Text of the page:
Barat Ali Batoor, The Unseen Road to Asylum, 2013.
Barat Ali Batoor, The Unseen Road to Asylum, 2013

Migration Politics:
Three CAMP exhibitions at the SMK

A three-part exhibition focusing on refugees, borders and asylum seeking seen through works by a range of artists from Denmark and abroad – most of them hailing from migrant or refugee backgrounds. The exhibitions are curated by CAMP / Center for Art on Migration Politics, Scandinavia's only venue for migration-oriented art.

The exhibition Migration Politics: Three CAMP exhibitions at the SMK presents works that address structural issues concerning migration and displacement, portraying personal experiences of migrating and being displaced.

The works are created by fourteen artists, artist groups and social networks that originate from many different places in the world. Most of them have first-hand experience of displacement, asylum seeking and migration.

Practical information

Opening hours
Tuesdays – Sundays 11–17
Wednesdays 11–20
Mondays closed

Admission fee
Adults: DKK 110
Under 30: DKK 85
Under 18: Free
1 adult + 1 child: DKK 90
Annual pass holders: Free

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Dady de Maximo: If the Sea Could Talk, 2014. Fashion show consisting of 4 x collections presented during the opening of CAMP (Center for Art on Migration Politics), Copenhagen, April 17, 2015, 45 min.
Courtesy the artist (Photo: Alba Oren).

About the exhibition

The exhibition re-establishes three exhibitions originally created by and for CAMP: Camp Life; from the mountains to the valleys, from the deserts to the seas: journeys of historical uncertainty; and The Dividing Line. CAMP is located in the independent community centre for refugees and asylum seekers, Trampoline House, in the Northwest district of Copenhagen.

The SMK’s decision to invite CAMP to present their exhibitions within a national gallery setting rests on a wish to support CAMP’s ambition of using art to facilitate deeper insight into the lives and situations of displaced and migrating people, discussing them in relation to the overall factors that cause displacement and migration. By presenting the exhibitions at the SMK, the museum wishes to help them reach even wider audiences.

Concurrently with the exhibition, CAMP will also present its fourth exhibition at the CAMP venue in Trampoline House. Titled Deportation Regime: Artistic responses to state practices and lived experience of forced removal, the exhibition explores the politics of forced deportation as a state practice and as a personal experience.

The exhibition is supported by Images 2016 and is directed and curated by CAMP (Frederikke Hansen & Tone Olaf Nielsen).

The exhibition venue CAMP produces exhibitions that emphasise artistic reflections on displacement, borders, refugee and migrant administration, deportation, and visions for alternative migration and refugee politics.

Deportation Regime

CAMP opens a new exhibition about forced deportation on September 9.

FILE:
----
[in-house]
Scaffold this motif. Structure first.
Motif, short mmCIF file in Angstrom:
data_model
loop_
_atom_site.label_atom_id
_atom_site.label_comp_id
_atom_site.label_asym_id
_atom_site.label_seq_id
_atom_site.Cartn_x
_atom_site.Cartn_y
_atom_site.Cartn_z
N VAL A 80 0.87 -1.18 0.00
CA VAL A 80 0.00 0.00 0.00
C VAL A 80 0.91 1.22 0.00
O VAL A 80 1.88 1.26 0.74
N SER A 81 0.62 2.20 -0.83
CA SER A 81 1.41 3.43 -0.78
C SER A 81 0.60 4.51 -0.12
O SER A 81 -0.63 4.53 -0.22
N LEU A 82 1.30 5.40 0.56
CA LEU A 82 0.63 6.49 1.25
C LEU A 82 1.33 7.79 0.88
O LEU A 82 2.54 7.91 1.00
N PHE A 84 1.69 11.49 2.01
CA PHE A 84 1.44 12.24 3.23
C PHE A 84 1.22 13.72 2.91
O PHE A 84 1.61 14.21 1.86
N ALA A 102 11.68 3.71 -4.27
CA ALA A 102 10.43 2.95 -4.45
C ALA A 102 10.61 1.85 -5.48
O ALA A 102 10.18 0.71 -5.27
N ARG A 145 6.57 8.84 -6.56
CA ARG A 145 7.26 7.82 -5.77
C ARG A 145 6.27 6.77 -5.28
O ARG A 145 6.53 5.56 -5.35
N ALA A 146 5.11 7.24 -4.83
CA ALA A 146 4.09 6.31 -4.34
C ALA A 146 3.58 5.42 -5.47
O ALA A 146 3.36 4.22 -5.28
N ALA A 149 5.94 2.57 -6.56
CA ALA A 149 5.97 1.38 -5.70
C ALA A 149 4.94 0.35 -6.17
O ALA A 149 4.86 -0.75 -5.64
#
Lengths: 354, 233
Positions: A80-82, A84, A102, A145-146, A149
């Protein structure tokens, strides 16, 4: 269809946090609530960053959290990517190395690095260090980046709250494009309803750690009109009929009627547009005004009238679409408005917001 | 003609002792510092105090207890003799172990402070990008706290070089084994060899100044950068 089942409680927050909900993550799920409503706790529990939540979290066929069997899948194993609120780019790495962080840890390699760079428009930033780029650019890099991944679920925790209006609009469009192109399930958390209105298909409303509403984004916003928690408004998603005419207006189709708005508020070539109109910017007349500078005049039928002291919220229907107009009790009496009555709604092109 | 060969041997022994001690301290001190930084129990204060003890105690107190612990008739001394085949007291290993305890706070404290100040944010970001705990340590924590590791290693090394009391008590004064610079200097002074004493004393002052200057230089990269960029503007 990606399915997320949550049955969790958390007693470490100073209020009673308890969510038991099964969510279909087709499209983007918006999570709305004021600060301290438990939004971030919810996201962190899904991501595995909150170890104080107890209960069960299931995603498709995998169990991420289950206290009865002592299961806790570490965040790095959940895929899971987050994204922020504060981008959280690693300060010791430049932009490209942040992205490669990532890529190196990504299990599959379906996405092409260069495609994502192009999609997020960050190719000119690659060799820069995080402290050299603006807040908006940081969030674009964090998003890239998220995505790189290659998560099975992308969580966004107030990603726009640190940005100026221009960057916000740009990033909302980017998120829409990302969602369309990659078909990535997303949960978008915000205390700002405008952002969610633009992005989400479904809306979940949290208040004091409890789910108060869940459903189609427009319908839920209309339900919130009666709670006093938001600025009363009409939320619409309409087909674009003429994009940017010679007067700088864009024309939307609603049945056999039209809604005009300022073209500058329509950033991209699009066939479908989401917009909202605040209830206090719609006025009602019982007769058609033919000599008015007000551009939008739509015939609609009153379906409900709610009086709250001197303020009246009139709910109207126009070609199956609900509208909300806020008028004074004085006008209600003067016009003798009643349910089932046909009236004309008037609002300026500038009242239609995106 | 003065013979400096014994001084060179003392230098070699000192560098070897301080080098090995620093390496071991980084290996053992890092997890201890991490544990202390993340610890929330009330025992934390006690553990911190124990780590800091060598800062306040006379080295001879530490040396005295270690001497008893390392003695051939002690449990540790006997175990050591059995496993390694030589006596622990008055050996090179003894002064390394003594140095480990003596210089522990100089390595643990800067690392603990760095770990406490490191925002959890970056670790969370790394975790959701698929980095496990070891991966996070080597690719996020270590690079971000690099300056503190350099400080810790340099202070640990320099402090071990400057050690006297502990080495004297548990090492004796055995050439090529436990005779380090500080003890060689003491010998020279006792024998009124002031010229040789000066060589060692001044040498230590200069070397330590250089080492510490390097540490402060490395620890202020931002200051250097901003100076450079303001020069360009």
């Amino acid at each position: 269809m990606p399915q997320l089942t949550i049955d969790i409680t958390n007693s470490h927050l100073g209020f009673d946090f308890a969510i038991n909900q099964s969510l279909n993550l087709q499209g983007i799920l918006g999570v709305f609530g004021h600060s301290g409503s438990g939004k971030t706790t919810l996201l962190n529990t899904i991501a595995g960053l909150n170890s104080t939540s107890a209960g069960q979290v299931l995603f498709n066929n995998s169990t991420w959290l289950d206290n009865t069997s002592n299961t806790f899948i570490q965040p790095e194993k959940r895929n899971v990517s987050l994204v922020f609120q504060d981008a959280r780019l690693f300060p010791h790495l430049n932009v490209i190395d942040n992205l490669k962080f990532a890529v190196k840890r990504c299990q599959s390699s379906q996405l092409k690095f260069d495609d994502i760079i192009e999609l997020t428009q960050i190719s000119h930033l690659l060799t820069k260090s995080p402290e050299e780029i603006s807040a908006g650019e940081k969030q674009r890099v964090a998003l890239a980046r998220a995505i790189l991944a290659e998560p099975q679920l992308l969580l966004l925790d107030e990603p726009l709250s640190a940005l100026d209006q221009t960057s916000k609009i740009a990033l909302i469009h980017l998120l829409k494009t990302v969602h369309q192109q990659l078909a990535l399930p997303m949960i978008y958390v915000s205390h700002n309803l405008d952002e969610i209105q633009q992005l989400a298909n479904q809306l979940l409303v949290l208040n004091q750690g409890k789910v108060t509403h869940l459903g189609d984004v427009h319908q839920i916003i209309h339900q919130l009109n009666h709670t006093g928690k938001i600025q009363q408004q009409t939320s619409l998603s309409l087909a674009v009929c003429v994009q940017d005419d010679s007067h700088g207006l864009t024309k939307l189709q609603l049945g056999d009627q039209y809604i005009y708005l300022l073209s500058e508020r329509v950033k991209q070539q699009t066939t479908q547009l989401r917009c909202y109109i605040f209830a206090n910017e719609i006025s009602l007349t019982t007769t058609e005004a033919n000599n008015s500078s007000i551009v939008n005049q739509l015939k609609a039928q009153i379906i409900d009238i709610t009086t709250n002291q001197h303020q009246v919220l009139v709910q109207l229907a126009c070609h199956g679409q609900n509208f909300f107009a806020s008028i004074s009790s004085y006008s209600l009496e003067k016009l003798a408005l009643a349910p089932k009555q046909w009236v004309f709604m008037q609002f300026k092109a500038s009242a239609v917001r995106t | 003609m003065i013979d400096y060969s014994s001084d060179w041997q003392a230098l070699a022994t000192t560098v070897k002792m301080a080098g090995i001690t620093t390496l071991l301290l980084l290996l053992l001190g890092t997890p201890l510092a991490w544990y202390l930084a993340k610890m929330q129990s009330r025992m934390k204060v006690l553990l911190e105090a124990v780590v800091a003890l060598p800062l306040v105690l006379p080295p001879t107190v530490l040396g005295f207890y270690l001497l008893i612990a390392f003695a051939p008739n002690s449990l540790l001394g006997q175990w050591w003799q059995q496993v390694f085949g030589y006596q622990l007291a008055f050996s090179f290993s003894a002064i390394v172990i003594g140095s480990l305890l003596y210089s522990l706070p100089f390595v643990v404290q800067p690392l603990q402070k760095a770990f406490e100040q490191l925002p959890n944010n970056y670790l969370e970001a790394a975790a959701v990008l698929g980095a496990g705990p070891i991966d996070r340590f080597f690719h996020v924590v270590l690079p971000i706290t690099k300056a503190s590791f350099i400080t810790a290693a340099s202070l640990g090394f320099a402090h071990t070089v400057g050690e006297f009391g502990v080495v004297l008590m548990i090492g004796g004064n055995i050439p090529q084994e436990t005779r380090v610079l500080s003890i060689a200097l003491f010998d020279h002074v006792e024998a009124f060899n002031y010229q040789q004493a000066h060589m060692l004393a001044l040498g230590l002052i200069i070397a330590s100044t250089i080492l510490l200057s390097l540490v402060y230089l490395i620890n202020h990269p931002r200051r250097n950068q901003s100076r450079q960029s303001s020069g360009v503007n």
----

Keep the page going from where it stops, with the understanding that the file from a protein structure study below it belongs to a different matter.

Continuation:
Images 16

Images presents contemporary art from Africa, Asia and the Middle East.



Download the exhibition catalogue or get it for free at the exhibition.

The SMK wishes to thank Barat Ali Batoor, Ursula Biemann, Castaway Souls of Sjælsmark, Chieh-jen Chen, Tiffany Chung, Nermin Durakovic, David Fedele, Nanna Katrine Hansen, Murtaza Ali Jafari, George Kurian, Dady de Maximo, Migreurop, Welcome to Europe, Trampoline House Women's Club in collaboration with Bridge Radio and Blake Shaw, and Frederikke Hansen & Tone Olaf Nielsen.

Thank you for your support

Images logo

Pictures from Syria

In addition to the works of the 14 artists mentioned above, the exhibition displays 10 maps from a workshop by the Vietnamese-American artist Tiffany Chung. Inspired by Chung's method, young students from a Red Cross school drew their own maps, reflecting their own dreams and stories.

The workshop was held at the Louisiana Museum of Modern Art in 2016 as part of an education- and research project for refugee children and young refugee students called Travelling with Art. A project that since 2011 has been supported by the Ole Kirk Foundation and the Knud Højgaards Foundation.

> See Tiffany Chung talk about the Maps of Memory project on Louisiana Channel.

Asmik Shaginjan
(Tiffany Chung – kortlægningsprojekt med eleverfra Røde Kors flygtningeskole).

Asmik tegnede et kort over Armenien. Tallene på kortet henviser til en kirke fra det pågældende århundrede. Selv om hun er født i Rusland føler hun en stærk tilknytning til Armenien, fordi hendes bedstemor blev født der.

Marker og tusch på kalkerpapir
Venligst udlånt fra Louisiana Learning

Foto: Lie Ali Chayder

Baraa Ammaral Toameh
(Tiffany Chung - Mapping project with refugee students from Red Cross school)

Baraa created a map of Syria. She wrote: “Aleppo was one of the most beautiful towns in Syria and the war began to destroy it. Tadmur (yellow) is the desert of Syria. Damascus and Idlib look like each other, because I was living in those two cities. The upper east part, Al Quaramish, is in red and dark, because I want to explain about the darkness in this city and also the bombing of Hama…”

Pen, felt pen, markers and enamel dot stickers on vellum paper
Courtesy Louisiana Learning

Photo: Lie Ali Chayder 

Mohammad Zamani
(Tiffany Chung - Mapping project with refugee students from Red Cross school)

Mohammad drew a map of Afghanistan. He uses colours to make ”feeling-lines” – It is ”bad feeling until he reaches Germany, then it will be good feeling...”

Felt pen and marker on vellum paper
Courtesy Louisiana Learning

Photo: Lie Ali Chayder